It will always warm my heart to see a Protestant church denomination putting on a conference about science that isn’t actually designed to make a mockery of virtually everything science stands for. Last month, I made mention of such an event hosted by none other than the First Baptist Church of Dayton, Ohio (yeah, that’s right: I said “Baptist”).
Today, I’d like to briefly plug the second Faith & Science Conference to be organized by the Assemblies of God USA (the first was in 2011). The conference’s noble mission is to provide “ministry leaders, teachers, students and lay people with numerous resources to deal with these issues at a time when congregations are becoming more and more scientifically literate.” The event’s theme, “Genesis and genetics,” looks interesting as well, and topics that will be up for discussion include embryonic and adult stem cell research, prenatal genetic testing, genetic influence on human behavior (such as same-sex attraction), Christian theories on origins and environmental stewardship.
I’m sure Tony Jones, at least, will be glad to see the agenda includes more than “Did evolution really happen?” and rightly so. As far as the conference’s take on “Christian theories on origins,” I’m guessing a range of viewpoints will be presented. Stephen Meyer, author and director of the Discovery Institute’s Center for “Science” and Culture, is among the lineup of speakers after all, but it also includes ASA president and astronomer Jennifer Wiseman; Baylor University professor of psychology, neuroscience and biomedical studies Matthew S. Sanford; Evangel University biologist Michael Tenneson and Fermilab lead engineer Steve Krstulovich, who came to faith in God one night at the Argonne National Laboratory (which is kind of awesome, by the way).
Like the Baptists, I don’t believe AG congregations are widely known for their liberal tendencies, and yet they don’t seem to have any problem openly discussing the compatibility of an evolutionary view with biblical Christian faith. A friend of mine, Phil Wala, presented a paper a paper at the first Faith & Science Conference, and he called it a “a bold and positive move by the Assemblies of God leadership.”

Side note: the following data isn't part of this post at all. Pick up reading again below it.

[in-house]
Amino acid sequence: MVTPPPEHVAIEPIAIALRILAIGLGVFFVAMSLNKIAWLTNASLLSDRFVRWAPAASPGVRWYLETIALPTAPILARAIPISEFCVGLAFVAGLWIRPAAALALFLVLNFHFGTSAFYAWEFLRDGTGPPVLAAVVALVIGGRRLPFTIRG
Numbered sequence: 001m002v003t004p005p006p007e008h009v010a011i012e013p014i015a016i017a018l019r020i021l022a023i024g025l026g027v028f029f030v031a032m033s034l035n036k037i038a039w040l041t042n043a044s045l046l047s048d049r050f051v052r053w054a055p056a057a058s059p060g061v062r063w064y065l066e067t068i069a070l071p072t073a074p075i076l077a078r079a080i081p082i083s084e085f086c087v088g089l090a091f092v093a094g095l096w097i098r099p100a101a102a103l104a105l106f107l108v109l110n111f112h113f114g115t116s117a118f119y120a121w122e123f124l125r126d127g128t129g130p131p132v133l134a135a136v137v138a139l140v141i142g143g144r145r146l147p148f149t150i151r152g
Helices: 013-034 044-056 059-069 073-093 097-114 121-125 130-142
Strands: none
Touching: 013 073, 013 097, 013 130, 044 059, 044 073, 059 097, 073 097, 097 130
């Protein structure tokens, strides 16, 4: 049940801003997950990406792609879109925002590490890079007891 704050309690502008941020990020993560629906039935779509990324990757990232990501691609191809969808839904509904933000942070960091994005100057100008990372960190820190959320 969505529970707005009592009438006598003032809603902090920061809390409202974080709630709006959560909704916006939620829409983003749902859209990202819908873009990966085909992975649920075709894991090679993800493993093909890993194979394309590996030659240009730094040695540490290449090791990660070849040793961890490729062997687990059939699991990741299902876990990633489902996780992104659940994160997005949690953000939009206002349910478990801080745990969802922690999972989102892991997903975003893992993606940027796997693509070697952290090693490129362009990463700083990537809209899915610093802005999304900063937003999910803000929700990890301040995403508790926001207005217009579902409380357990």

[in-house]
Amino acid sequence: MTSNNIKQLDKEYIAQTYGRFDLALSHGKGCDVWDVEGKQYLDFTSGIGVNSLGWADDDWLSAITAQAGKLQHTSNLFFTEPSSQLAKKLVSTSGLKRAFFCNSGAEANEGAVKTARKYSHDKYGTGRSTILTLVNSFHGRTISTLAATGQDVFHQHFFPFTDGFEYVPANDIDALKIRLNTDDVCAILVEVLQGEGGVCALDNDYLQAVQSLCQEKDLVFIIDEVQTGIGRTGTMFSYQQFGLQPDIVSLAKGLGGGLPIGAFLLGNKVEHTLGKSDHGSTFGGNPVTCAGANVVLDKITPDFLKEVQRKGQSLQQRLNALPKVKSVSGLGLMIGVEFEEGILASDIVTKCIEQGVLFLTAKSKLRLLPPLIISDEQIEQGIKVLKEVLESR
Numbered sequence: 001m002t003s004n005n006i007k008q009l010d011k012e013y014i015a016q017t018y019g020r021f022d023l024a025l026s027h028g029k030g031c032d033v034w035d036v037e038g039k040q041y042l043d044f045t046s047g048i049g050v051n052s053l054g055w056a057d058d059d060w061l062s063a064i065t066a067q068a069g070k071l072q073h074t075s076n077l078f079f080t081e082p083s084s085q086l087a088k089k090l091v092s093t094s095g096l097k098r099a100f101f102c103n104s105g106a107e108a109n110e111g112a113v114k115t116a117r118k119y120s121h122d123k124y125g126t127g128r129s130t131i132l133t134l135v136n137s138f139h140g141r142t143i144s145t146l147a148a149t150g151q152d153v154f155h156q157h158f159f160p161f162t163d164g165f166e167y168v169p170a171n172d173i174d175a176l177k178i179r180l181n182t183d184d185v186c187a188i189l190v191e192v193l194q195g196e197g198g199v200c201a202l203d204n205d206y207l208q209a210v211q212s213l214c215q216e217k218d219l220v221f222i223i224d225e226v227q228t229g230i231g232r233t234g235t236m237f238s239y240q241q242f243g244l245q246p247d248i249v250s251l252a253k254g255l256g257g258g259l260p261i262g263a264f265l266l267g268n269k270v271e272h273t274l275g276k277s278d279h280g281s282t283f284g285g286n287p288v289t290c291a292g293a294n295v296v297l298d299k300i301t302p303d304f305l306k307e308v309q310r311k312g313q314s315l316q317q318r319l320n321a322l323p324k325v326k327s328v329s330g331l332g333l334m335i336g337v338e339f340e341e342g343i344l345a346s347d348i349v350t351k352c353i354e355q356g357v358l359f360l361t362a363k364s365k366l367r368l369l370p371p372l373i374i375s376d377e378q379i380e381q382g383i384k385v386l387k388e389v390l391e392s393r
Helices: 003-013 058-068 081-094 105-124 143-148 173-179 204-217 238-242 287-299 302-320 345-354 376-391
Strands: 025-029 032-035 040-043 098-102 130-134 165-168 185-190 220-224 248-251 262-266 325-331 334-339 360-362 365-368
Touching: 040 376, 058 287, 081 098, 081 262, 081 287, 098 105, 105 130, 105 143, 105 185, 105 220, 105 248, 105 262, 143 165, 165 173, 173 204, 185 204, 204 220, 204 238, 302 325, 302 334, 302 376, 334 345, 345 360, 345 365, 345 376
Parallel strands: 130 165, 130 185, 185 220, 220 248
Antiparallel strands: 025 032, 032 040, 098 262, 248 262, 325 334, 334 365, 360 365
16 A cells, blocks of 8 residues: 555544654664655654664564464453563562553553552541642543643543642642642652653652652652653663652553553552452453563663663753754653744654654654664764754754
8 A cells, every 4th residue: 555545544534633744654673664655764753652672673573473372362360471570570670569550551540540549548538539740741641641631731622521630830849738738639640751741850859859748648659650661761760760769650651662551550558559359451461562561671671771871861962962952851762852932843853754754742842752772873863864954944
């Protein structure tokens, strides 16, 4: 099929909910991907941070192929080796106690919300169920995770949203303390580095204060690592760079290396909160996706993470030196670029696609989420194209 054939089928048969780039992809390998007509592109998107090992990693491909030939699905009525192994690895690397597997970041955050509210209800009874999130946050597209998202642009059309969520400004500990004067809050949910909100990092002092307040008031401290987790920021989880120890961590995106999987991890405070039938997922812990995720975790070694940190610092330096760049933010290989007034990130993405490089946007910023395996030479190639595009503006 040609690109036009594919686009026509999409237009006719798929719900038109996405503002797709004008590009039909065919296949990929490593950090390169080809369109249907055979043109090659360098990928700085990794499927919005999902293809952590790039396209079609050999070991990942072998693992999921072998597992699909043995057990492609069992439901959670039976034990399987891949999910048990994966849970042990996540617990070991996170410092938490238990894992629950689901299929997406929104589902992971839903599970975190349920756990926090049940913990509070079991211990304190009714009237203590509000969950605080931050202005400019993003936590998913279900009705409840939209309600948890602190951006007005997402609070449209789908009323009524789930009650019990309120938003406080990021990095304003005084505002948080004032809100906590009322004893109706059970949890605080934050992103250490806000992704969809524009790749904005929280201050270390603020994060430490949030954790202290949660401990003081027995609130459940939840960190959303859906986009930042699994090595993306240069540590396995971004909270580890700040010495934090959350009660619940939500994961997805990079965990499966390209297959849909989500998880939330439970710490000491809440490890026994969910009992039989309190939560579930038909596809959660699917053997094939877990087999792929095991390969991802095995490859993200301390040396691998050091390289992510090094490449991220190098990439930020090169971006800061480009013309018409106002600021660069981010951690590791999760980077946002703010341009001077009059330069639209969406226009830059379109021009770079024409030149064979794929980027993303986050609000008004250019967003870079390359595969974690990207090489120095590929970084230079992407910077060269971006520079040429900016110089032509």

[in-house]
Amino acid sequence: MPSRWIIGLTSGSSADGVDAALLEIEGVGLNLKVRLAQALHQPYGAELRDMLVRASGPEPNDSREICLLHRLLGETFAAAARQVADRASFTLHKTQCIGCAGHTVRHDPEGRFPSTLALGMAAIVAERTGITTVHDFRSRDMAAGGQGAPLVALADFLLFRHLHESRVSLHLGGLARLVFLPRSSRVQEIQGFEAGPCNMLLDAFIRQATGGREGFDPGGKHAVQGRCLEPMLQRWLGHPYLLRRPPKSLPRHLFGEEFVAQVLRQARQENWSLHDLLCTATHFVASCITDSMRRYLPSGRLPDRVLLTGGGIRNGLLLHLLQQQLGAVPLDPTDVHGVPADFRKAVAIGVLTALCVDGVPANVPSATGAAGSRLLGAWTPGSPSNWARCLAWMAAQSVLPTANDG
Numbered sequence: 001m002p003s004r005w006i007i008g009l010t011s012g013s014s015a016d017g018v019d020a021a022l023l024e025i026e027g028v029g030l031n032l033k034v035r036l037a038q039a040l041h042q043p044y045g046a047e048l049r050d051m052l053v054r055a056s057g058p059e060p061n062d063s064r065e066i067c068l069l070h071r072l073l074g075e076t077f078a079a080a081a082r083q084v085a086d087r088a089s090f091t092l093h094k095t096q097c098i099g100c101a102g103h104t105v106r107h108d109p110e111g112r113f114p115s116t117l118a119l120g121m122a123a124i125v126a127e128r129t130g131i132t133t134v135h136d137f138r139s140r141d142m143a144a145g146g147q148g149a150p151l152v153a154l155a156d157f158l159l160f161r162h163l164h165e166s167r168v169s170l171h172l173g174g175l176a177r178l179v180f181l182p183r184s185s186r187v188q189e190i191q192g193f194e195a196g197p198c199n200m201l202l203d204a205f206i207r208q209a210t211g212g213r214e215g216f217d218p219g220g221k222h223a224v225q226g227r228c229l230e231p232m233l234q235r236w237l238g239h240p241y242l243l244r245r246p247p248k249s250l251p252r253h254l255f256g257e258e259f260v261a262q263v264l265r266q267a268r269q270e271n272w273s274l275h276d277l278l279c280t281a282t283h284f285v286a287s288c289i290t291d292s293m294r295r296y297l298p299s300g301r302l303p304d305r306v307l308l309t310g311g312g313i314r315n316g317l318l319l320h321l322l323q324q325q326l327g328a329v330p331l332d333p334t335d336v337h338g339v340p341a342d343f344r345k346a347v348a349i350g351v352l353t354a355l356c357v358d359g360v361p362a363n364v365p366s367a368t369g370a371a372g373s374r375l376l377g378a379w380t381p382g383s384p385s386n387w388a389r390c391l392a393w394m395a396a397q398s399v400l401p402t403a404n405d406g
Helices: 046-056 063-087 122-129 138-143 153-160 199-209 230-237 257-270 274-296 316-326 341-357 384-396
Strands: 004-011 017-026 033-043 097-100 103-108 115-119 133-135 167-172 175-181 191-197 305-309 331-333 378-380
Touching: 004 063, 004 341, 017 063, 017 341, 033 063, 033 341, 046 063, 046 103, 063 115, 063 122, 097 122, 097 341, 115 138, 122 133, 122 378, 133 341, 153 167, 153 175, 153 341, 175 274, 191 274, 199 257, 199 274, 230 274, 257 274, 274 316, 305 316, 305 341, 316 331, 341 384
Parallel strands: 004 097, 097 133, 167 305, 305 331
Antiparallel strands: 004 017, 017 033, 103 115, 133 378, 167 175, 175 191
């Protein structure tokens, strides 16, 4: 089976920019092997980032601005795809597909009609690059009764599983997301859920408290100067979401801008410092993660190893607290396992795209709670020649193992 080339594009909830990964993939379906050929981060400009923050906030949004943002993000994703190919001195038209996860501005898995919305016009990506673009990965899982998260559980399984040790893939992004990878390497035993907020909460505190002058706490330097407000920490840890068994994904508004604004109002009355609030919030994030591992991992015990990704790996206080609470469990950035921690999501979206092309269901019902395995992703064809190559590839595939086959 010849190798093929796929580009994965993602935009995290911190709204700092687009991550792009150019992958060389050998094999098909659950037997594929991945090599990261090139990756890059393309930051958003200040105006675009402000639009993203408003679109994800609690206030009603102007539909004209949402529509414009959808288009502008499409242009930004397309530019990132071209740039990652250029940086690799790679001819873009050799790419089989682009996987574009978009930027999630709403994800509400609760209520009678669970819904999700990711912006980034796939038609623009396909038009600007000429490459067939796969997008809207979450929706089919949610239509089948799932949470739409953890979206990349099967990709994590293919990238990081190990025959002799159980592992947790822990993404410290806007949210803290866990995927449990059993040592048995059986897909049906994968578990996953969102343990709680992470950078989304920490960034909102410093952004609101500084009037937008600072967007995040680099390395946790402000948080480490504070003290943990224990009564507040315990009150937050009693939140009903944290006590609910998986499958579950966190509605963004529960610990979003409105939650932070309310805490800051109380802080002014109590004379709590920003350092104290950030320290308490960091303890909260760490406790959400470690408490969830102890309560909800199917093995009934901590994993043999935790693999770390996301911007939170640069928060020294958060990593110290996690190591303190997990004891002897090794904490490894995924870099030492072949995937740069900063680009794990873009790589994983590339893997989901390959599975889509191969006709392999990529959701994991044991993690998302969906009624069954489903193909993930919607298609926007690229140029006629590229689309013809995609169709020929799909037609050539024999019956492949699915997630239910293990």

“Although there was a strong presence of YEC and ID participants, I was encouraged by the enthusiastic acceptance of evolutionary creationism at the highest leadership levels of the denomination, even if anti-science attitudes still prevail at the local church level,” which is one of the reasons he left the denomination four years ago, he said.
Wala, an electrical engineer who holds 26 patents in the industry, also wanted to make sure I let my “scientifically literate” readers know that next year’s conference is looking for abstracts to be presented. You can find details here.
These efforts to present peace, love and harmony between faith and science will always find critics among fundamentalist Christians and the fundamentalist unaffiliated. But as long as they’re seeking truth and not presenting information that is objectively false or deliberately misleading, I applaud the efforts.